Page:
I realized early what I was getting into marrying a man who had five brothers, and only two sisters. I knew that they were a testosterone poisoned, belch in public, pee outdoors type of family. I found this out when I first looked through a family photo album when we were not yet engaged. First there was the honeymoon shot that his parents took of his dad peeing over the edge of the Grand Canyon. Then there were the shots of my genius husband, as a small boy peeing over the edge of yet another cliff or mountain, I don’t remember now, and then his younger brother, and then the brother after that. Boy number four had his feet hooked under the bottom rail of a boat and was urinating over the side body swathed in a bright yellow slicker. At this point I realized that I would be forever encountering public urination if I attached myself to this family.
I have gradually gotten used to it. There were the days when I would drive onto the family property in the morning and boy number 6, child number 8, who was just 5 or 6 at the time would stand next to the car and pee in the dirt beside it as I got ready to get out and then say “Good morning,” in the most perfectly natural tone of voice. This brother also, being the most testosterone poisoned of them all after so many older brothers, was the on who decided he had to pee after church one day and so dropped trou and peed off of the front steps into the parking lot. Did I mention that his dad was the pastor?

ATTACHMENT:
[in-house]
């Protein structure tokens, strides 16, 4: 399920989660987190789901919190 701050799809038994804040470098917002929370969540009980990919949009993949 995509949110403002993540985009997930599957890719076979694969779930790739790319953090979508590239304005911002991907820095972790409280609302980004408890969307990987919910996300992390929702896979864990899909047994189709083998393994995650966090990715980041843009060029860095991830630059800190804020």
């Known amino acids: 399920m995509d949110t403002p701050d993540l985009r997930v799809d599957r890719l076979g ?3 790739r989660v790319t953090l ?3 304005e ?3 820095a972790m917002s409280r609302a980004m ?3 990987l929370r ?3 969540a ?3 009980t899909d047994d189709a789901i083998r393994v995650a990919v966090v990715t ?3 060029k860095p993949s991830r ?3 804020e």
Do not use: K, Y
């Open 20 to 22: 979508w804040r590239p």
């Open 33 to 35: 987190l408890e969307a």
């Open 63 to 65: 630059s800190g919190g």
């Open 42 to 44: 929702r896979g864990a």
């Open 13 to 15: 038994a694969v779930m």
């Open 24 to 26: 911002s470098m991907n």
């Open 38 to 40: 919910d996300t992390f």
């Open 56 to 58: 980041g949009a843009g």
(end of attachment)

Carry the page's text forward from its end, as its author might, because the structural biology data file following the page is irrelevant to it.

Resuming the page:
So when the Boy reached potty training age I was prepared for the inevitable world is my toilet mentality that little boys have. Learning to pee on trees with dad was part of the training, and much more fun than keeping it in the potty. There was one tree in particular, a date tree in our back yard in Vancouver that the Boy was diligent to water.
Since we have moved to California, and don’t have our own back yard, there has been much less peeing outside, unless we’re at Beema’s house, where testosterone still holds the day. But there have been one or two occasions recently when we had a potty emergency and I found a good hedge to hide behind so the Boy could do his business. The Girl has found this process fascinating, she watches very carefully, pushing her little tummy forward in imitation of his pee stance, and I can see the little wheels going inside her head.
One day last week, she announced that she had to go too. Since with a newly potty trained girl wearing panties instead of pull-ups you don’t say wait until you get home because we don’t want the tragedy of an accident should she not be able to hold it all the way, I pulled her pants down and held her in a squat over the same little ditch that the Boy had just used so she could go.
So I guess you could say what happened a day later was my fault. At the playground in our complex, that has a bathroom very nearby, though a grown-up with a key needs to let you in as it’s next to the pool, she suddenly runs up to me as I’m distracted with the Boy his friends and a kite, and hands me her clothes. Before I quite realize what’s going on and am calling to her to come and get her clothes back on, she disappears around a corner and before I get to her comes running back with a huge smile on her face.
“I goed PEE Momma,” she announces triumphantly, “right der!!”
I look where she is pointing and sure enough there is a puddle of pee on the sidewalk right next to the flowerbed she was trying to pee on. She needs a little practice to get it right because she splattered on the back of her legs, but I suppose it’s a good thing to be able to go in the woods on hikes if there is no toilet so maybe I should let her develop this new found skill. But I have realized that my sweet little girl is also a victim of testosterone poisoning, perhaps I am too. I wonder if the neighbors hate me yet.